Uplift: Numeric Analysis

Being based on a grid, Uplift shares many qualities with volumetric numeric analysis techniques. It is, in fact, designed this way.

Numerical analysis is a technique which engineers and scientists alike turn to when a problem is difficult to solve using algebra. The weight of an object is easy to calculate, just add up the weights of all the parts, and hey presto, you’ve got the weight of the whole! (For weight in fluids, like air and water, subtract the weight of the displaced fluid as well) This is simple, and easy to formulate, that is, turn into a formula.

Formulas are good, because they:

  • give you a precise answer
  • are quick to calculate
  • are compact, and thus easy to communicate.

This kind of analysis is called “analytic” because it involves sitting down and analyzing the problem, and making a simple formula that describes the behavior.

Air convection test

Air convection test with cloud formation and shadow-driven advection (light is shining down diagonally from the left)

But some problems don’t lend themselves to analytic scrutiny, especially problems involving flow and chaos.

You see, flows can involve fluids, and fluids move around. Flows also involve energy transfer, such as heat, momentum, etc. All this movement often results in chaotic behavior which is why teachers often ask you to “consider a sphere of uniform density in a vacuum”. Sometimes these simplifying assumptions can help to apply analytic techniques, sometimes not.

And even when you can make assumptions about individual situations, the real world often hinges on chaos, that is, the things that happen because of imprecision so small that it would be impossible to eliminate it through any conceivable effort. All this adds up to a situation where, often, you don’t need a perfect answer, so much as an answer that is close enough to get by for another few days.

But the analytic approach is ill suited to codifying this kind of fine complexity.

Fortunately, there is another angle, the numeric. Numeric analysis basically breaks the problem down into lots of tiny parts that are small and simple enough to use analytic techniques on, and then crunches the numbers over and over again until a solution pops out. You may think this may sound like a lot of work and way too tedious to be useful… and you’d be right… which is where computers come in. Combined with widespread computing technologies, numeric analysis is a very feasible option for modeling complex, non-linear, unstable, and/or chaotic systems.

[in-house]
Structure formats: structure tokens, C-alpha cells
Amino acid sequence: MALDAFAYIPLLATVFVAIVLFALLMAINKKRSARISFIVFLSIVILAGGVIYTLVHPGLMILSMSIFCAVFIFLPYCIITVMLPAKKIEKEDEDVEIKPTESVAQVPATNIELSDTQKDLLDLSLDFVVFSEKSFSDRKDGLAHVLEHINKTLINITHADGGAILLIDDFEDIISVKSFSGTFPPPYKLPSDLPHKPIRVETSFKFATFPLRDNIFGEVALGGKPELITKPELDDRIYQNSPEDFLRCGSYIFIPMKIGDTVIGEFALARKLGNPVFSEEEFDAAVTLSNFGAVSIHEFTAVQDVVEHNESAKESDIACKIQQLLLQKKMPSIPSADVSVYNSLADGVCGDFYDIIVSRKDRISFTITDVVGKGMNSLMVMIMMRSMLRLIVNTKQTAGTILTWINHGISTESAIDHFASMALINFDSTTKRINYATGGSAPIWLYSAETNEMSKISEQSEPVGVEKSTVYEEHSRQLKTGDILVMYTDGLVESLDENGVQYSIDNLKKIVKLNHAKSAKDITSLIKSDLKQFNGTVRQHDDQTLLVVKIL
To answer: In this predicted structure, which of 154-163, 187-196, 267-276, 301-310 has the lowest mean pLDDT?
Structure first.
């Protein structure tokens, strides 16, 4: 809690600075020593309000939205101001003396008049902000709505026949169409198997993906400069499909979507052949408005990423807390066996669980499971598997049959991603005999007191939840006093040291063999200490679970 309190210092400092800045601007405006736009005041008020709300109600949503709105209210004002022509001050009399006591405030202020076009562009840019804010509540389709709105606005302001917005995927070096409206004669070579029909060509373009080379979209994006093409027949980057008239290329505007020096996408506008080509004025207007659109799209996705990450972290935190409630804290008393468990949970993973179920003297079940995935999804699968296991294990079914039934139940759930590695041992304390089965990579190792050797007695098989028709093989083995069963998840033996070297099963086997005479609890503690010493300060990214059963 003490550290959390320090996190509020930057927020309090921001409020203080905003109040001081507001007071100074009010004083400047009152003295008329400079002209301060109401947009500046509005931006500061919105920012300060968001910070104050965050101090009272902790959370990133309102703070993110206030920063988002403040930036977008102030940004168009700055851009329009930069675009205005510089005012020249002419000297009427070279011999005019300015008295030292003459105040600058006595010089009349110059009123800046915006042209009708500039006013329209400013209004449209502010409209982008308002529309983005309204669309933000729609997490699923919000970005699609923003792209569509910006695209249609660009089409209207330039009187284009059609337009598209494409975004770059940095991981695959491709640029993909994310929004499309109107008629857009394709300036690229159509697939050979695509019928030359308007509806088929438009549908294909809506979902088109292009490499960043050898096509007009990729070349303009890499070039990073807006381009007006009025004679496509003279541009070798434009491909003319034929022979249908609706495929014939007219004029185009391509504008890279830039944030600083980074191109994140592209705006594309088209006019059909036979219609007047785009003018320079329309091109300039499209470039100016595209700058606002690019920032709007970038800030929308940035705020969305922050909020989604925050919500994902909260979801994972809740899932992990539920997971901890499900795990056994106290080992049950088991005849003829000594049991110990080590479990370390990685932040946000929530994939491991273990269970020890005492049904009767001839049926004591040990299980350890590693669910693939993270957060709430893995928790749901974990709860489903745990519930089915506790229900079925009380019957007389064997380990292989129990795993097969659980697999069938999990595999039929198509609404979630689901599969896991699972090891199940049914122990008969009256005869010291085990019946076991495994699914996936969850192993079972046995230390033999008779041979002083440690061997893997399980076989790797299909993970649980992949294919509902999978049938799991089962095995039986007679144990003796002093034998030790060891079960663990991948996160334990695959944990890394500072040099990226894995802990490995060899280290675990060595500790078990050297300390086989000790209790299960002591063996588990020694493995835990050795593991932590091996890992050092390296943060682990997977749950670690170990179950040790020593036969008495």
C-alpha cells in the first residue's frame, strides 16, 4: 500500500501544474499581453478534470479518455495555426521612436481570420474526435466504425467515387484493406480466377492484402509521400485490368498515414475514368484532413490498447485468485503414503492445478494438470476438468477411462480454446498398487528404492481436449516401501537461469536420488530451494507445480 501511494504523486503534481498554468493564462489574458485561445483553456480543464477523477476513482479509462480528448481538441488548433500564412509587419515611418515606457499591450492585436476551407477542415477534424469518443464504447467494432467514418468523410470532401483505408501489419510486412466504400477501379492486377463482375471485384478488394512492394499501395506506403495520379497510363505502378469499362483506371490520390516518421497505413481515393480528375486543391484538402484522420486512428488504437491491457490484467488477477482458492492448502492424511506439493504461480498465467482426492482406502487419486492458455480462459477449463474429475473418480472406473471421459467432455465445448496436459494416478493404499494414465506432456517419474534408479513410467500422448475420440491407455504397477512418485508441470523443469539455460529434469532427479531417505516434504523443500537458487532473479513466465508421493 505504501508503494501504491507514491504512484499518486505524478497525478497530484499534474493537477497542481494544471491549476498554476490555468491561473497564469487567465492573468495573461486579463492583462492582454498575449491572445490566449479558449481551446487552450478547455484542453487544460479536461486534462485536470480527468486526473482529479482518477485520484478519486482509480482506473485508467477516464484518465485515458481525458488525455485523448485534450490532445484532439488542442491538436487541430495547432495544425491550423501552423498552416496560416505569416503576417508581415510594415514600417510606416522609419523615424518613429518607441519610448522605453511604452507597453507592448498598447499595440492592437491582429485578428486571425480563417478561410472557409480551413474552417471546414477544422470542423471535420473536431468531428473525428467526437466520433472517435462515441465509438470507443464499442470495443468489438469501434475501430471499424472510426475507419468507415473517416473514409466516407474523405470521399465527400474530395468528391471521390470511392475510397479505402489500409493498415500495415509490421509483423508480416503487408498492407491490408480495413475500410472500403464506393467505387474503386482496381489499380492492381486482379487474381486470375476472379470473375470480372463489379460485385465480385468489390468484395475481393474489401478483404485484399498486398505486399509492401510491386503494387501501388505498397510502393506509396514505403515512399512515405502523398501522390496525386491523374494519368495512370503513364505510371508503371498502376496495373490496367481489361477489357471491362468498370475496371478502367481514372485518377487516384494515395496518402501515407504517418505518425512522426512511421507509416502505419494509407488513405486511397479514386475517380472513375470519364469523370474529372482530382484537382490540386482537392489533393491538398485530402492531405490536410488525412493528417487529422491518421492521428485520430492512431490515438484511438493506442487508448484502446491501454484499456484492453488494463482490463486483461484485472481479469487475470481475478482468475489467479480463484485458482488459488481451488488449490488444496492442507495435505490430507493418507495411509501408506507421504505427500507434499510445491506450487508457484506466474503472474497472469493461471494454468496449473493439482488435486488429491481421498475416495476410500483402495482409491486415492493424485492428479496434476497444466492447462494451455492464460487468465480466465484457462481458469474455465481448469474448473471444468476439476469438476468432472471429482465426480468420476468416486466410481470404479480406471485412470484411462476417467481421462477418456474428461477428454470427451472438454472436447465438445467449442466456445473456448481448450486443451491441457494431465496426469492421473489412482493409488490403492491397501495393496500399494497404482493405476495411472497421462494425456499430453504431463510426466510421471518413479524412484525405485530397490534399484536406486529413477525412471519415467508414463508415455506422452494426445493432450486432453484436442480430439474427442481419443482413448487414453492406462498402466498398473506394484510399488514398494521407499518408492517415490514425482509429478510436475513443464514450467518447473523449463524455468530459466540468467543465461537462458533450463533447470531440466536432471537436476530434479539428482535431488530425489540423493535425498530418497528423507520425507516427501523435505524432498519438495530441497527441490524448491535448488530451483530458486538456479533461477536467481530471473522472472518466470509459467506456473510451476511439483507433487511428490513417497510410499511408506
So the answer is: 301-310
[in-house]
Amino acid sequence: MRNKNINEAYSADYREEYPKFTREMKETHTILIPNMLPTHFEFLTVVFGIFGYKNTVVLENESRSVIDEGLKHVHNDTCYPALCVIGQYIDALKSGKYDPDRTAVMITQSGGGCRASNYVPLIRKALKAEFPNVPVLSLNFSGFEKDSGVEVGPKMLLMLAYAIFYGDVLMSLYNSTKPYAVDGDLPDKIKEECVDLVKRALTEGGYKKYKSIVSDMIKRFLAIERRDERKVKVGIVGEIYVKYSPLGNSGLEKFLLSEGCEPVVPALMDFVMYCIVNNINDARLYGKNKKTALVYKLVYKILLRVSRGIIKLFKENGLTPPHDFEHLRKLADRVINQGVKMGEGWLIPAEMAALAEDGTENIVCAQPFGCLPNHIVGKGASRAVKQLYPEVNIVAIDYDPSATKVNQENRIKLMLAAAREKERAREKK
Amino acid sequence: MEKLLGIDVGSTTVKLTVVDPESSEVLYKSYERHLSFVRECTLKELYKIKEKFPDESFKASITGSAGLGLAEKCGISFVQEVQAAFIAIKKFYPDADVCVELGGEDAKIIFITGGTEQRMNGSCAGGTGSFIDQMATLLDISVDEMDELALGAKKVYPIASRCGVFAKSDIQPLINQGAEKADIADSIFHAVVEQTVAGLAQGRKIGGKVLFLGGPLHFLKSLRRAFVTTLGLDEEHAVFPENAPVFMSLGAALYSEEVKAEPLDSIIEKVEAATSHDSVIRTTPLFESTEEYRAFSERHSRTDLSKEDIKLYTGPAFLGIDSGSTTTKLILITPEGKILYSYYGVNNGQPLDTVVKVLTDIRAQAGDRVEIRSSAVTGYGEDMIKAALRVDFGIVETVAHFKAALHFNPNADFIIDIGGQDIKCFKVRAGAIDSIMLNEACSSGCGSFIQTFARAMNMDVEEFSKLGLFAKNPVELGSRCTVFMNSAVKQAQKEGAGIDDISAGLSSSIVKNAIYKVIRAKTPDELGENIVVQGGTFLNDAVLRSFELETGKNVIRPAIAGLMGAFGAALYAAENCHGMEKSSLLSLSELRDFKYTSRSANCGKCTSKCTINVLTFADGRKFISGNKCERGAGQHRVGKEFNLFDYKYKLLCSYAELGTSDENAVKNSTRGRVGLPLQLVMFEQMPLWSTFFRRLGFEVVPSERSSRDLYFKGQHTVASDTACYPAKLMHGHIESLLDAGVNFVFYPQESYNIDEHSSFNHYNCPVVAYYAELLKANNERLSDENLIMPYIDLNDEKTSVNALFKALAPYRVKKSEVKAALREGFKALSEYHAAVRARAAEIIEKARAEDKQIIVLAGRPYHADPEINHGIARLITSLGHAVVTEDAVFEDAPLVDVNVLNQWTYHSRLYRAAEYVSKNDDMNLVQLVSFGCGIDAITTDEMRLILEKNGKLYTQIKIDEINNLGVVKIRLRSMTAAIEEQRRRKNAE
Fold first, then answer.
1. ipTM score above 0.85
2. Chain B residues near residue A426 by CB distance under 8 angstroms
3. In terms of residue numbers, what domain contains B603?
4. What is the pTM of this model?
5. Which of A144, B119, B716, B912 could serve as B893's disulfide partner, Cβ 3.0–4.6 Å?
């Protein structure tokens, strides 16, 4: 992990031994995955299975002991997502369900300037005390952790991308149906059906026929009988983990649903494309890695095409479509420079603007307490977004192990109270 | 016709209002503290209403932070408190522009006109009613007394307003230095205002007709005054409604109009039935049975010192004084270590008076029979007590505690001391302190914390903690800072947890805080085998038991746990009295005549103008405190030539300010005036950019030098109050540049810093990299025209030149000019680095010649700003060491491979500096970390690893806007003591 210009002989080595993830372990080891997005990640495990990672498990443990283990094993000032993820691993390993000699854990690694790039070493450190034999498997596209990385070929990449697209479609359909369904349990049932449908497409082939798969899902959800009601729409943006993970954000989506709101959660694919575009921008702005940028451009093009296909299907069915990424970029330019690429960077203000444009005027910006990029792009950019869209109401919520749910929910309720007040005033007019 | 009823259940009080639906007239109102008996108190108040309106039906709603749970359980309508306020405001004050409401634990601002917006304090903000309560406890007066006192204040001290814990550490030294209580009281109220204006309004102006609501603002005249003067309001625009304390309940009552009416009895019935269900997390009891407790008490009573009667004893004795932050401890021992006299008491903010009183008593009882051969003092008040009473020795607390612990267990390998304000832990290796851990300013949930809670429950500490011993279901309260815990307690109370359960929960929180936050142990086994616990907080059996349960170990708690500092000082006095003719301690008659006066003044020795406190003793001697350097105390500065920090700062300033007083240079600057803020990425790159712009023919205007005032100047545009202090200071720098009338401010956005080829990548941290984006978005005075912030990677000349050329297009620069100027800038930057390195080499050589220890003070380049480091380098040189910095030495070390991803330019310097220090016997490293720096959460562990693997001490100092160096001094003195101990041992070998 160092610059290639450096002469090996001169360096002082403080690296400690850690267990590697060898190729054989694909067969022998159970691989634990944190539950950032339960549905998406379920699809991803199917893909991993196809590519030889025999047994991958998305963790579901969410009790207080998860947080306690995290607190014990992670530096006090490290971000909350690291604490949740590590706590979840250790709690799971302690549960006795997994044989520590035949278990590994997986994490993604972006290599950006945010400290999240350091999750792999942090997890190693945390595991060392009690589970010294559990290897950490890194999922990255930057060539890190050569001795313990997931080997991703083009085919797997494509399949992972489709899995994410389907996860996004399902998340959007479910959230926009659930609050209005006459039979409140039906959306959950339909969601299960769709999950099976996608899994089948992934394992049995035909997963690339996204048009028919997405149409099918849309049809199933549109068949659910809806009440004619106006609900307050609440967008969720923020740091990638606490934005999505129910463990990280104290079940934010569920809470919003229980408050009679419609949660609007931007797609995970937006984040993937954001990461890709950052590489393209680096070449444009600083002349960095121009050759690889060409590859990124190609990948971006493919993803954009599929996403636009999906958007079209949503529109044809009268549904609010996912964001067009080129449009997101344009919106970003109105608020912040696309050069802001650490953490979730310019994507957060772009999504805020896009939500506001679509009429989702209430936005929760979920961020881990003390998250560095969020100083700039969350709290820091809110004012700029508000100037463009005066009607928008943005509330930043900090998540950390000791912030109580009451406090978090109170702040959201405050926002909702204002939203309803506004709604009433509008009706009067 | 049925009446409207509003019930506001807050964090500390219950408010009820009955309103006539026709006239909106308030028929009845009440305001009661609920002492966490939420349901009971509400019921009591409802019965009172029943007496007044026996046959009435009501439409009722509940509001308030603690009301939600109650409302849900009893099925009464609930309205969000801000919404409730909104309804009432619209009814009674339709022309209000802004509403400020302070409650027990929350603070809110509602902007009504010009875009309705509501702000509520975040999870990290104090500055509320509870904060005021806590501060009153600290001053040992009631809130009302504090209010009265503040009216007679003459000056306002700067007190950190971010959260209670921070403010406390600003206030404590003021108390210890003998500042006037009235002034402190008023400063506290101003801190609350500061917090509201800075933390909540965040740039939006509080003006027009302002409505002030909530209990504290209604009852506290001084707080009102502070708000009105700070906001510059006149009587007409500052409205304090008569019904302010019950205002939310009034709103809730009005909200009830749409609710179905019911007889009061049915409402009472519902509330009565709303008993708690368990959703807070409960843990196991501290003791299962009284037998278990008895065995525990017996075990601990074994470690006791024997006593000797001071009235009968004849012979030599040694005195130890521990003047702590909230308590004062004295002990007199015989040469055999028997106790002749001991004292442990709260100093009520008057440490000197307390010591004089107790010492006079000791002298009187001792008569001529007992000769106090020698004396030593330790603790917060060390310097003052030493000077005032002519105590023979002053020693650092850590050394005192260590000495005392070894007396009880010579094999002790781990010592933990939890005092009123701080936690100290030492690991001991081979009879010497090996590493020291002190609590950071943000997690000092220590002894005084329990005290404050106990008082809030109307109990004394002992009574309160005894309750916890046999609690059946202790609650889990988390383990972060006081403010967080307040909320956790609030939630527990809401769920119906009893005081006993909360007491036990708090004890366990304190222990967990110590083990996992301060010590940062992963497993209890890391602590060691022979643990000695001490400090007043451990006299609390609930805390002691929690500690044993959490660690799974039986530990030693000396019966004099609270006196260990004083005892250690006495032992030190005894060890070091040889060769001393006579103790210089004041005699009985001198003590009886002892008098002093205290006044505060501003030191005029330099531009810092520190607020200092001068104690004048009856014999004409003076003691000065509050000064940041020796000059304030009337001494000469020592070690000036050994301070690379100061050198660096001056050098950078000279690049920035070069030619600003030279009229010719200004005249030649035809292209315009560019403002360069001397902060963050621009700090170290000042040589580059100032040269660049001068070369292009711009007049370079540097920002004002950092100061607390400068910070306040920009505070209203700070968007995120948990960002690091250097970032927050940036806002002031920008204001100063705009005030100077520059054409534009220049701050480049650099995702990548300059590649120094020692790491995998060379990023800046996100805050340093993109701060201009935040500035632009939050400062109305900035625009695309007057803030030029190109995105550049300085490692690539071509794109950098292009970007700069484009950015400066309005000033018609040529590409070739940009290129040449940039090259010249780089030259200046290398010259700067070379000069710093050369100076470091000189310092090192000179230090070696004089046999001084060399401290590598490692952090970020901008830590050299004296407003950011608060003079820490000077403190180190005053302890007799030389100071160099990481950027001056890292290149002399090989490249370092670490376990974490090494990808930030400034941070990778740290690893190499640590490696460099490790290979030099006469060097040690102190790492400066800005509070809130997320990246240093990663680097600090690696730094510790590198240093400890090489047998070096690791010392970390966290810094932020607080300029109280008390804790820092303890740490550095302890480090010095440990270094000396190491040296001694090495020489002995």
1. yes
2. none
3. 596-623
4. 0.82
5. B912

The easiest way to apply numeric techniques is if every element has the same shape, size, and qualities, basically, a grid of cubes. Professional software can do non-uniform element analysis (FEA, CFD, and so forth) but these require considering real objects to be made of tiny little parts, in order to properly model the effects of shape and discontinuities. It would be so much easier if the whole world really was made of identical cubes.

Which brings us back to voxels.

Uplift Magma Convection Test

Uplift Magma Test incorporating both fluid convection and heat transfer.

The 3d grid based nature of voxel simulator games (Minecraft, etc), has always suggested to me that they would be improved, both as simulations and as games, by the addition of numeric analysis techniques.Given a grid, one could easily (well, relatively easily) write a system that modeled heat flow, thermal convection, turbulence, fluid dynamics, and more.

This is important for simulation games, especially ones that deal with plants (like Uplift) because heat and water are both ideal for analysis by numeric techniques, and crucial for plant life. Unfortunately, the people who understand these techniques are usually scientists and engineers who are (stereotypically (and I include myself here as well)) very weak on presentation and usability, two elements crucial to game design. I’m hoping to break that pattern… but no promises.

So, along with scale nesting, Uplift is designed around built-in numeric analysis for fluids (air, water, lava) and heat flow. It’s not going to be research-grade Computational Fluid Dynamics or anything, but I suspect it will be good enough to result in some really interesting emergent play, as well as helping the player to build an intuition about the behavior of these systems in real life.

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